extract (v.) To separate one chemical (or component of something) from a complex mix. (noun) A substance, often in concentrated form, that has been removed from its natural source. Extracts are often taken from plants (such as spearmint or lavender), flowers and buds (such as roses and cloves), fruit (such as lemons and oranges) or seeds and nuts (such as almonds and pistachios). Such extracts, sometimes used in cooking, often have very strong scents or flavors.
fat A natural oily or greasy substance occurring in animal bodies, especially when deposited as a layer under the skin or around certain organs. Fat’s primary role is as an energy reserve. Fat is also a vital nutrient, though it can be harmful to one’s health if consumed in excess amounts.
fruit A seed-containing reproductive organ in a plant.
journal (in science) A publication in which scientists share their research findings with the public. Some journals publish papers from all fields of science, technology, engineering and math, while others are specific to a single subject. The best journals are peer-reviewed: They send out all submitted articles to outside experts to be read and critiqued. The goal, here, is to prevent the publication of mistakes, fraud or sloppy work.
landfill A site where trash is dumped and then covered with dirt to reduce smells. If they are not lined with impermeable materials, rains washing through these waste sites can leach out toxic materials and carry them downstream or into groundwater. Because trash in these facilities is covered by dirt, the wastes do not get ready access to sunlight and microbes to aid in their breakdown. As a result, even newspaper sent to landfill may resist breakdown for many decades.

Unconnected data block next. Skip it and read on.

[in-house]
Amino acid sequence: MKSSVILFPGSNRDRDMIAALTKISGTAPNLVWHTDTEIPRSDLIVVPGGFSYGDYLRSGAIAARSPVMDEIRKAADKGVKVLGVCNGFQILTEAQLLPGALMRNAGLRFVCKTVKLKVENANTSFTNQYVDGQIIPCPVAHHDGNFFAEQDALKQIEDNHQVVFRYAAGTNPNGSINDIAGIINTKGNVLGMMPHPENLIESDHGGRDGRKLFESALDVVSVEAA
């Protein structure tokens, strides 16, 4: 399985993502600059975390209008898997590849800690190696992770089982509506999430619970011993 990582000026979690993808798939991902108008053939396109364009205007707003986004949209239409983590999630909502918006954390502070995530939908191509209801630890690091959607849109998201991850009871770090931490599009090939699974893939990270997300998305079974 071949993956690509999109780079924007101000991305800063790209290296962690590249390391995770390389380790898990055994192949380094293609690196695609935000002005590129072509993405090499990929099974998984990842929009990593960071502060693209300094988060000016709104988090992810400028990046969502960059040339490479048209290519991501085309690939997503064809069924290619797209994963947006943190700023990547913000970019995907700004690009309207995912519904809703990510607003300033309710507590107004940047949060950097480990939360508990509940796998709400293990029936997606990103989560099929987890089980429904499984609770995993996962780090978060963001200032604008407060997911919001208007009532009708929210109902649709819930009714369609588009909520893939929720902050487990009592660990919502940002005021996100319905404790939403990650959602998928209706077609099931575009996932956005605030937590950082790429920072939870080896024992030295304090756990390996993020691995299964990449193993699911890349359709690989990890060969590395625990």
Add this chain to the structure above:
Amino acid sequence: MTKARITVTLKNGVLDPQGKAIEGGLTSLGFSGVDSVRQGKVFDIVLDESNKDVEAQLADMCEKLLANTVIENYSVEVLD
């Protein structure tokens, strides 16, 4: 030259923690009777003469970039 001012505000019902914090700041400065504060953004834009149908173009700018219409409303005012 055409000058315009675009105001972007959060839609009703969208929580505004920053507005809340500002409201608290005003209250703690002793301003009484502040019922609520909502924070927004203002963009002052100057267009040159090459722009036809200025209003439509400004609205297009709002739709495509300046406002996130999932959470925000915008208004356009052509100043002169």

nut (in biology) The edible seed of a plant, which is usually encased in a hard protective shell. (in construction) A fastener with a threaded hole. They typically are used along with a bolt to securely hold the surfaces of two things together.
oxidation A process that involves one molecule’s theft of an electron from another. The victim of that reaction is said to have been “oxidized,” and the oxidizing agent (the thief) is “reduced.” The oxidized molecule makes itself whole again by robbing an electron from another molecule. Oxidation reactions with molecules in living cells are so violent that they can cause cell death. Oxidation often involves oxygen atoms — but not always.
peanut Not a true nut (which grow on trees), these protein-rich seeds are actually legumes. They’re in the pea and bean family of plants and grow in pods underground.
processed foods Foods purchased from a grocery story that are substantially different from the raw materials that went into them. Examples include most foods that come in cans, bottles, boxes or bags. Examples include breakfast cereals, frozen pizzas, canned tuna, jars of spaghetti sauce and dill pickles.
solid Firm and stable in shape; not liquid or gaseous.
taste One of the basic ways the body senses its environment, especially our food, using receptors (taste buds) on the tongue (and some other organs).
waste Any materials that are left over from biological or other systems that have no value, so they can be disposed of as trash or recycled for some new use.
Journal: L.L. Dean et al. Minimizing the negative flavor attributes and evaluating consumer acceptance of chocolate fortified with peanut skin extracts. Journal of Food Science. Vol. 81, November 2016, p. S2824-S2830. doi: 10.1111/1750-3841.13533.